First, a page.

Status of Palestinian Territories and Palestinian Society under Israeli Occupation

III. Political Status of Palestinian Territories under Israeli Likud Government

In May 1977, Menachem Begin's nationalist Likud party won the Israeli elections, and the first Likud government was formed under Begin as Prime Minster, who was considered too militant and extremist for most Israelis. He was different from previous prime ministers in his way of dealing with the OPT. He was committed to hold onto the OPT permanently, and to settle them with Jewish populations. He even resisted the term Occupied Territories and always referred to it as 'Eretz Yitzrael' (Land of Israel) that belongs only to the Jewish people. He, in cooperation with Ariel Sharon and various religious militants, began a wide, major, aggressive settlement campaign on Palestinian owned land and also brought quite a few Jewish populations into what used to be Jewish neighborhoods in old Jerusalem and Hebron. 69

Although Jewish settlements had started under the Labor government before 1977, the Likud government's philosophy was different. For when the Labor government had carefully avoided the dense population centers of the West Bank and Gaza, the Likud targeted such areas and such lands; Palestinian owned Lands.
The Likud government strategically placed settlements in the very centers of Palestinian populated areas, particularly in the line running from Jerusalem north through Ramallah to Nablus, and in the line running from Jerusalem south past Bethlehem to Hebron. These settlements were often positioned in 'bloc' (Gush in Hebrew) to surround key Palestinian cities or to be on key roads. This was intended to facilitate military and territorial control of the West Bank and the Gaza Strip, so that in any case of Palestinian uprising the Israeli military would be able to surround them and suppress them, for as Raphael Eitan (former head of the Israeli military) said "Palestinians would be like cockroaches in a bottle". 70

The Likud government did not stop at that, it also denied the nationalist mayors any powers and authorities to manage civil affairs. "It took over water sources in the territories and denied the municipalities any practical power in fields like that of water management, instead, these powers were put in the control of the Israeli Water Company Mekorot in a way that limited the municipalities' role to collecting water bills from residents and administering the daily distribution of water." 71

In a similar fashion, the Likud government denied the municipalities any powers to manage electricity. "All municipalities were asked to obtain permission from the military administration before initiating any electricity-related project. This permission was rarely granted, most requests being rejected. Due to this increased Israeli control, many municipalities were unable to meet local demands for electricity and were forced to link to Israel’s national power grid." 72

Since day one in the office, the Likud government adopted a well planned strategy for land expropriation, settlement expansion and hostility against the Palestinians, in particular, the leaders of the non-violent resistance movements. Israel applied this strategy on a large scale, unlike anything before, especially after the signing of Camp David Accords with Egypt in 1978.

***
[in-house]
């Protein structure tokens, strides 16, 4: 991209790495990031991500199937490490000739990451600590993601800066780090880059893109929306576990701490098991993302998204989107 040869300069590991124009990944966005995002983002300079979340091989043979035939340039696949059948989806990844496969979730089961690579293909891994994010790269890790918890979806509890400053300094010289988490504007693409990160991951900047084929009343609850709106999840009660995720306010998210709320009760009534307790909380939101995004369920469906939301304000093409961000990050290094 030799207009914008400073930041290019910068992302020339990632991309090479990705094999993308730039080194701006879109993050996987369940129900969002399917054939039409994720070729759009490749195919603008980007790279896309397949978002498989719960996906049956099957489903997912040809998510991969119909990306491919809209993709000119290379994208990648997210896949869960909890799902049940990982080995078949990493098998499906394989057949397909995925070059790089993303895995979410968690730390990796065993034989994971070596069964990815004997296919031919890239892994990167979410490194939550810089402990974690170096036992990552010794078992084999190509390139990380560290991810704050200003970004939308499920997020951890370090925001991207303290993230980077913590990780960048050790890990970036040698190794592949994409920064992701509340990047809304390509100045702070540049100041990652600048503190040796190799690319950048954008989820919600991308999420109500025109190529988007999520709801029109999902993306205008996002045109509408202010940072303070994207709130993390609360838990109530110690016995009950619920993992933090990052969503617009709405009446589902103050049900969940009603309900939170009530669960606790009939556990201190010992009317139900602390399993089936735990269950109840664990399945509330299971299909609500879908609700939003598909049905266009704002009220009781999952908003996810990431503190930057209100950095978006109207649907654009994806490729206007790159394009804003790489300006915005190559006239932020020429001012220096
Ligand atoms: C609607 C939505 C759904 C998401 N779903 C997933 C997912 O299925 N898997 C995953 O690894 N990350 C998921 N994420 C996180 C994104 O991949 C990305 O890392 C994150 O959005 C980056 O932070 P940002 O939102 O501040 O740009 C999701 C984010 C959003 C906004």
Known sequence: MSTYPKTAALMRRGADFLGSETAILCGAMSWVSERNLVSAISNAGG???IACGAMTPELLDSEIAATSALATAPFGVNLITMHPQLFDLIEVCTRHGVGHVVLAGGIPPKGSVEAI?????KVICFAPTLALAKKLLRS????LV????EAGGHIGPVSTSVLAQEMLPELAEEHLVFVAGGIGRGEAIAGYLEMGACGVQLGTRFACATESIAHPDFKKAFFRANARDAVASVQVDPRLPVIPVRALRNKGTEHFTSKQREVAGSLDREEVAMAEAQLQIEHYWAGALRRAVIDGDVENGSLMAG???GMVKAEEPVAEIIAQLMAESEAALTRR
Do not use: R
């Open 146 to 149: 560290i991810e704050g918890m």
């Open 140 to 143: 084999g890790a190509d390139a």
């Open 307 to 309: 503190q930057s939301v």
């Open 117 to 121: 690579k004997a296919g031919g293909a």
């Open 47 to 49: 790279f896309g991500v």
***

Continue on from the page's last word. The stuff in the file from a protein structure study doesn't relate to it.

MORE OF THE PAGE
National Guidance Committee
The first National Guidance Committee (NGC) was established in Jerusalem on July 24, 1967 to deal with the new situation (occupation) and to keep the existing socio-economic and religious institutions out of the Israeli control. The first NGC was chaired by Sheikh Abdel Hamid As-Sayeh, a respectable Shari'a (Islamic Law) judge, and composed of different Palestinian and Jordanian dignitaries. The NGC denounced the Israeli annexation of the city and launched a public appeal to preserve its Arab character. Their actions were mainly legal and comprised of petitions, demonstrations and appeals to the international community. However, the deportation of its leader As-Sayeh in September 1967 and the further expulsion of the subsequent chairman Rawhi Al-Khatib in 1968 seriously weakened the organization. 73

During the 1970's, the Palestinian population sought to establish a common political front composed of various political parties which tried to work along the same lines as the PLO. One attempt was the establishment of the Palestinian National Front (PNF) in 1973, but it was attacked by the Israeli Military Government and many of its members were deported, until in October 1978 when it was publicly declared illegal by Israel. The most important factor in the collapse of the PNF was its repression by Israeli authorities that intensified under the Likud government which took office in June 1977.  However, many members of the PNF had been elected as mayors, a fact that helped in the continuation of the non-violent resistance movement that passed down from the PNF to the second NGC.

The second NGC was established in 1978 by the newly elected mayors, many of them were once a part of the PNF. It represented a democratic leadership from all of the OPT that attempted to help the Palestinians confront the expanding Israeli colonization. Unlike the PNF, which operated secretly and was dominated by communists,74 the NGC was openly formed and its members were well-known people. It was led by the mayors of the major cities, and included labor and professional unions, women's and student organizations, and many owners of small commercial and industrial enterprises as members.75